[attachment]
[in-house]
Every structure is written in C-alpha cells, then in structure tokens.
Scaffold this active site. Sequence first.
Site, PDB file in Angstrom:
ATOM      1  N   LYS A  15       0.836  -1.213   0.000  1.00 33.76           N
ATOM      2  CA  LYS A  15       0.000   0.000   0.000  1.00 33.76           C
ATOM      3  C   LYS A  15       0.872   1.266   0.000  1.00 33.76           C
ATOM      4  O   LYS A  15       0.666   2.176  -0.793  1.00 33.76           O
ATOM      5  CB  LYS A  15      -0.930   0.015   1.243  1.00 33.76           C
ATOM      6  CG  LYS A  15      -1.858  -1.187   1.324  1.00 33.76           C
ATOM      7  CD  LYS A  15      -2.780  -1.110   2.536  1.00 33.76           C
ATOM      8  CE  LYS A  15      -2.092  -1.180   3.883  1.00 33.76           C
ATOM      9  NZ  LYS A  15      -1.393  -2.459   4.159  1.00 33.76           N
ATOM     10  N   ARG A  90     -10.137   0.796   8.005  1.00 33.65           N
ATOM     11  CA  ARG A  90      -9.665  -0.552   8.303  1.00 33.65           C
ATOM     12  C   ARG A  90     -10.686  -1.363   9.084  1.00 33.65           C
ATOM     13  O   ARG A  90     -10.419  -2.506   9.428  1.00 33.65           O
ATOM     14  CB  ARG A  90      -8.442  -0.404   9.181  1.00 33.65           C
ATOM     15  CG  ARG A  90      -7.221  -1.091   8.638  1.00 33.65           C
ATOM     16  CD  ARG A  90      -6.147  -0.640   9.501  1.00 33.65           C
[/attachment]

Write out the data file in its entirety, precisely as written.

[in-house]
Every structure is written in C-alpha cells, then in structure tokens.
Scaffold this active site. Sequence first.
Site, PDB file in Angstrom:
ATOM      1  N   LYS A  15       0.836  -1.213   0.000  1.00 33.76           N
ATOM      2  CA  LYS A  15       0.000   0.000   0.000  1.00 33.76           C
ATOM      3  C   LYS A  15       0.872   1.266   0.000  1.00 33.76           C
ATOM      4  O   LYS A  15       0.666   2.176  -0.793  1.00 33.76           O
ATOM      5  CB  LYS A  15      -0.930   0.015   1.243  1.00 33.76           C
ATOM      6  CG  LYS A  15      -1.858  -1.187   1.324  1.00 33.76           C
ATOM      7  CD  LYS A  15      -2.780  -1.110   2.536  1.00 33.76           C
ATOM      8  CE  LYS A  15      -2.092  -1.180   3.883  1.00 33.76           C
ATOM      9  NZ  LYS A  15      -1.393  -2.459   4.159  1.00 33.76           N
ATOM     10  N   ARG A  90     -10.137   0.796   8.005  1.00 33.65           N
ATOM     11  CA  ARG A  90      -9.665  -0.552   8.303  1.00 33.65           C
ATOM     12  C   ARG A  90     -10.686  -1.363   9.084  1.00 33.65           C
ATOM     13  O   ARG A  90     -10.419  -2.506   9.428  1.00 33.65           O
ATOM     14  CB  ARG A  90      -8.442  -0.404   9.181  1.00 33.65           C
ATOM     15  CG  ARG A  90      -7.221  -1.091   8.638  1.00 33.65           C
ATOM     16  CD  ARG A  90      -6.147  -0.640   9.501  1.00 33.65           C